Four Seasons (and Reasons) of Boston


At the end of 2017 my husband, Curt, was selected to run the Boston Marathon for the Ethan Lindberg Foundation, a nonprofit supporting families with congenital heart disease. In January our family traveled to Boston to be featured in their promotional video


Marathon time - our family raised over $12,000 for the Foundation and Curt finished the race in just over four hours. It was a day filled with all sorts of emotions - thrilled to be part of the event, moved by the runners persevering in freezing wind and rain, gratitude for the doctors that saved my son's life (like Dr. T pictured here), and devastated that congenital heart disease continues to take so many children away from us.


In late spring after a routine echocardiogram for my seven-year-old son, Griffin, we were told he needed more intensive testing. We headed north to Boston again in August for Griffin to undergo a cardiac catheterization and MRI. We knew there was a chance surgery would be indicated and sure enough, it was time. This picture shows Carly and Griffin at the rooftop garden on top of Boston Children's after we got the news. 


This week we will travel to Boston for our 4th trip in 2018 for Griffin's open heart surgery. My heart is aching and I'm scared, but when I reflect on traveling to Boston for Griffin's birth I realize what a long way we've come. Back then, we had no idea what Griffin's life would look like and now I've had the great honor of being his mother for almost eight years. This disease truly affects everyone in the family and traveling far away for care takes a big village. I know how fortunate we are that we can make this happen.

I'm taking a little break from writing to focus on my family so you won't get my newsletter for the next couple of weeks. In the spirit of my new program, Sanctuary, I'm challenging myself to find a moment of sanctuary each day while Griffin's in the hospital and I'll be posting them on Instagram with the hashtag #orchidstorysanctuary. 

This time of year can feel overwhelming for many of us; I invite you to come join me on Instagram and share your own version of sanctuary with me. I'd love to see how you create safe, warm, and inviting spaces for yourself amidst this busy season. 

Finally, this year has held so much goodness and growth for Orchid Story. I want to say thank you to each of you for reading these words, sending me sweet notes, taking my workshops and classes and giving me all the good vibes. My hope is that by sharing my own stories of finding strength in my struggle you feel encouraged to do the same.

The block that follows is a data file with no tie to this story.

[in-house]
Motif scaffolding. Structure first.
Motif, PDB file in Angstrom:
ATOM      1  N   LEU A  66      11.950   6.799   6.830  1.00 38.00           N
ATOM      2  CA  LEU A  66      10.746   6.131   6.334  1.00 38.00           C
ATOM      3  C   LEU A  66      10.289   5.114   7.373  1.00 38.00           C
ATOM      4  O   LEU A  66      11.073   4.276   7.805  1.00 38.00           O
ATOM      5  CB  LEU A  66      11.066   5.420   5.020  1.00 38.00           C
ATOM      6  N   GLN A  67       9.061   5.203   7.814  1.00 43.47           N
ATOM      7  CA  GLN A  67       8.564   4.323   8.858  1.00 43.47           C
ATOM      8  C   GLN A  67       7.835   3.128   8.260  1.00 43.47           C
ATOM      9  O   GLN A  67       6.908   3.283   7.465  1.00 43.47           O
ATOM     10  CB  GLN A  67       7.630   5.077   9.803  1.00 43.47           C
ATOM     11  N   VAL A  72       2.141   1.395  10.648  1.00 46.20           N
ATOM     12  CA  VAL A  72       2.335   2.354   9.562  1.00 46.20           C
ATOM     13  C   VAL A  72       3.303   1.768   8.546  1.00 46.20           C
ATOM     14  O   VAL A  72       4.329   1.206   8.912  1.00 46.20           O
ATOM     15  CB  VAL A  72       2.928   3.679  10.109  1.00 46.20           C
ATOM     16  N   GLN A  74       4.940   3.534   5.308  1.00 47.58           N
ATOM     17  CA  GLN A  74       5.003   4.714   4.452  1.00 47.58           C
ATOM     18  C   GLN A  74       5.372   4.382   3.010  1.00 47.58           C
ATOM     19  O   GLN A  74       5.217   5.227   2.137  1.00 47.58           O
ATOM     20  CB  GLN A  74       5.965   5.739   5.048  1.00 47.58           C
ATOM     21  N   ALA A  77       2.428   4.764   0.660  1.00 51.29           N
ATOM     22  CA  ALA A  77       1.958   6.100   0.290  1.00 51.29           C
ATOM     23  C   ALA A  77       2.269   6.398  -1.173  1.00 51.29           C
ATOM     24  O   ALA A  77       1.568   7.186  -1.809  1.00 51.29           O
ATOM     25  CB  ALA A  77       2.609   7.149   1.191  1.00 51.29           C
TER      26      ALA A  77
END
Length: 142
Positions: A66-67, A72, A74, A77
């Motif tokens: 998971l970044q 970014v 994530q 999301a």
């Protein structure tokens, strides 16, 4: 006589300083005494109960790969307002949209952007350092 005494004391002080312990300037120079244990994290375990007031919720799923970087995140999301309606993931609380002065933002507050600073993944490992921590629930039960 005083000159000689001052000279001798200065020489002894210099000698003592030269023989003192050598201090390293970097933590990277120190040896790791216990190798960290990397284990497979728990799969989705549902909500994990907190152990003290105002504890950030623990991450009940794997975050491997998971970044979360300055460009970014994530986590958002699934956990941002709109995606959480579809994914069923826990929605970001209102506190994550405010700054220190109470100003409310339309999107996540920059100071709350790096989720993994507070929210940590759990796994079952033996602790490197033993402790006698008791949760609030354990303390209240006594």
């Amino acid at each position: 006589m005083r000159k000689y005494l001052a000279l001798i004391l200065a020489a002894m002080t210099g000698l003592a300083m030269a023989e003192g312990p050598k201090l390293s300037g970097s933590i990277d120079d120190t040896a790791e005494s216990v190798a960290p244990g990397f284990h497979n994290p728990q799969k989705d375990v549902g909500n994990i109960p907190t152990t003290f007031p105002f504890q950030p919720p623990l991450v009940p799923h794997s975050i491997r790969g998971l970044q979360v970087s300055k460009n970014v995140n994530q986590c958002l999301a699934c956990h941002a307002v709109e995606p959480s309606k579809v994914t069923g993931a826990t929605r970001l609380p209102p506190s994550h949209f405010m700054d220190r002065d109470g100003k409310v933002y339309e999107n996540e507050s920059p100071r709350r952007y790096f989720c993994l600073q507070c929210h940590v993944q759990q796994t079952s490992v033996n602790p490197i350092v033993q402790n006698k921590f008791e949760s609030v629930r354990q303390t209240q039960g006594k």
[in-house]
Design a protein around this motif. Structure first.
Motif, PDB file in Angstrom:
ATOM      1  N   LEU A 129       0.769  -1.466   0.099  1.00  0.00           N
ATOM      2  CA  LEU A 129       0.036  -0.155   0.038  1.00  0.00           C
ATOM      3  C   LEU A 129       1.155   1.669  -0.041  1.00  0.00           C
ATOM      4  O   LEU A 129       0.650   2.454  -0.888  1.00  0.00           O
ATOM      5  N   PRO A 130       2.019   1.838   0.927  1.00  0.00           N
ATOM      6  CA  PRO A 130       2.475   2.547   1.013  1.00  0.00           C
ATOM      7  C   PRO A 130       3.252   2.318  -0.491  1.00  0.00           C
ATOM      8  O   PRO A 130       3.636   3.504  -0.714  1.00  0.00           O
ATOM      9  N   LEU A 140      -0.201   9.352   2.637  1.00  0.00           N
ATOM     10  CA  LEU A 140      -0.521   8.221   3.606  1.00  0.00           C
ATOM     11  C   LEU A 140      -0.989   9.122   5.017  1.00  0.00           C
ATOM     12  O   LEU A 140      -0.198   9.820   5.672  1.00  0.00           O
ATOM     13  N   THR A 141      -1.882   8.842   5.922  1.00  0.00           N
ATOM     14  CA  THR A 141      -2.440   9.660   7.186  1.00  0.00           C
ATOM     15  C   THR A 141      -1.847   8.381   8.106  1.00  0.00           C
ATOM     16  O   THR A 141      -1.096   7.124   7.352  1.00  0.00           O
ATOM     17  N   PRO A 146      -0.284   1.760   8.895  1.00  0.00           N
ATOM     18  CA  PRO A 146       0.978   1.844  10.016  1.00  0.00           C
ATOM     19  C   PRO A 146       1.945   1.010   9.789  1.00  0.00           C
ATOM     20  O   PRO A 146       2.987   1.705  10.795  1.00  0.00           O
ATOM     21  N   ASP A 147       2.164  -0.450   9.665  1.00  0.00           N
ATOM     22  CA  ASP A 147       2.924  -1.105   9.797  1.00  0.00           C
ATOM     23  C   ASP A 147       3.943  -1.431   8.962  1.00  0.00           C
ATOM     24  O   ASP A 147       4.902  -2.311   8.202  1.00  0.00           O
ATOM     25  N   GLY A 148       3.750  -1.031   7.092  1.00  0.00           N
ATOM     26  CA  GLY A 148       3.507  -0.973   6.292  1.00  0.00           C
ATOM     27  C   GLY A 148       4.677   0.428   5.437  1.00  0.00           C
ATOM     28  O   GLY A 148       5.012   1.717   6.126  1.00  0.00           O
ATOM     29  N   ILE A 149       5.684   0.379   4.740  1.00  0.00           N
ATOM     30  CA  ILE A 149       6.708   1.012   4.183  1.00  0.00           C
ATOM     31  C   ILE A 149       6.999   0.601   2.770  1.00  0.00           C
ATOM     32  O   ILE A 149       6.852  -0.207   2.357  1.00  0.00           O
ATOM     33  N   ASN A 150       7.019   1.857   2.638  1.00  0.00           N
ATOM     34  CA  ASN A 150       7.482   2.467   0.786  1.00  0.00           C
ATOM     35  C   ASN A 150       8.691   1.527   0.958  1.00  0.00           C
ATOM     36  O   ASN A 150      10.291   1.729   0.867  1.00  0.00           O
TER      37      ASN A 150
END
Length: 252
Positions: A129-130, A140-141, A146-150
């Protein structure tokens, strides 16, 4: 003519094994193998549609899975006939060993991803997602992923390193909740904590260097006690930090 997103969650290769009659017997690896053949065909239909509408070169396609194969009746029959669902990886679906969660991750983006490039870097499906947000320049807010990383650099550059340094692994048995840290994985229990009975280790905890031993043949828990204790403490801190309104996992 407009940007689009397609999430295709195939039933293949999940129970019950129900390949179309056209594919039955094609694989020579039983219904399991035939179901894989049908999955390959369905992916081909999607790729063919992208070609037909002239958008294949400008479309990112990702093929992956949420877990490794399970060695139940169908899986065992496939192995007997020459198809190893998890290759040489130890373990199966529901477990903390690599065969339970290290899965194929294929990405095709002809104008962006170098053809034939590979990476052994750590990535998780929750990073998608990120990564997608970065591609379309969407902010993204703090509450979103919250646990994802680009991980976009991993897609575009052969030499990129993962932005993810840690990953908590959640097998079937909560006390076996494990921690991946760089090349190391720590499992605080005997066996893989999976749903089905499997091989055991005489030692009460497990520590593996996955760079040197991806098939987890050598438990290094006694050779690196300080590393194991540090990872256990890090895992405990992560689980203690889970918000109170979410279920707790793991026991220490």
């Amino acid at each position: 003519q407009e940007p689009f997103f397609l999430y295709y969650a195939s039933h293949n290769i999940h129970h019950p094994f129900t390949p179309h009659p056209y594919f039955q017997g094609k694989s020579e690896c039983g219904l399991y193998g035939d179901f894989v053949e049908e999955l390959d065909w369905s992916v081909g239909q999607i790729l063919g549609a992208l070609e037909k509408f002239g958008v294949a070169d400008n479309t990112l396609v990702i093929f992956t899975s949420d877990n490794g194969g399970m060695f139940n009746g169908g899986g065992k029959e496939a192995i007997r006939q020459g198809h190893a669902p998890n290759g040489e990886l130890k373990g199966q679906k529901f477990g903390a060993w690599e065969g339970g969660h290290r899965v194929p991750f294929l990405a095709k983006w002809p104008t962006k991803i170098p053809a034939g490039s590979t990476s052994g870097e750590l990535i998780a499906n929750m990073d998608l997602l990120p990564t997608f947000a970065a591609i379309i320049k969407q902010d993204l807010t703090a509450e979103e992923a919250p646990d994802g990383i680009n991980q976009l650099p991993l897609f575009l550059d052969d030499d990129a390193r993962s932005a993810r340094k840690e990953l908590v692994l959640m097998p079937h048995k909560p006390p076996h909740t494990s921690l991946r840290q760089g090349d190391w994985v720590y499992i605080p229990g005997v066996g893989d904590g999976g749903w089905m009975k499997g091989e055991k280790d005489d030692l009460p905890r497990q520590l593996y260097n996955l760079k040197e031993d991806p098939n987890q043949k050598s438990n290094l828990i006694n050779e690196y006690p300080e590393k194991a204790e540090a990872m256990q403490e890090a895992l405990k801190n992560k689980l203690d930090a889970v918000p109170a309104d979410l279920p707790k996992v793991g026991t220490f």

We Run For Them

Orchid Story started by telling my story of my experience with my son's diagnosis of congenital heart disease. Like all stories, this story keeps growing and evolving. My husband has taken hold of it in a new way this year - he's running the Boston Marathon to support the Ethan Lindberg Foundation. I feel compelled to share this video here with you all. #werunforthem

Searching for Light

Turns out we need to actively search for light. In the thick of it. 

There was a time when I was pregnant with my son where a darkness washed over me. I wasn't myself, but I didn't know where my normal self had gone. It was like wearing sunglasses 24/7. I didn't see the everyday beauty around me. I didn't notice the brisk fall day with the leaves changing into bright colors.

It hit me worst when we were out. One evening we took our daughter, age 1 at the time, out for dinner. The hostess sat us next to a family of six. Four children; pre-teens and teens. The girls had shining, long blond hair flowing down their backs and the boys had clear skin and confidence. They looked like a page ripped from a magazine and I imagined they came from picture perfect home with soaring ceilings and a gleaming kitchen. The contempt I felt for that family just flowed out of me. It was so powerful that it felt like the air around me would turn into a black cloud. One glance at them and my eyes filled with tears, but I kept looking back, like a car accident you know you shouldn't be seeing. 

The universe seemed to be mocking me. I felt like a solo line dodge player with The World on the other side of the line, pummeling balls at me. I remember the details of that restaurant as vividly as I remember the details of the pediatric cardiologist telling us that our son may not survive to term.

When our world changes like this, nothing is the same as it was. But the world goes on spinning around us despite it being confusing and bewildering. Eventually, the tint on my sunglasses lightened up a bit, but never went back to the way things were before.

Sharing my stories helps me adapt them into my life. And to gain much needed space. I believe this to be true for all of us. Listen to my own audio recording and consider whether this is something that might help you adapt too. I would love the chance to hear your story.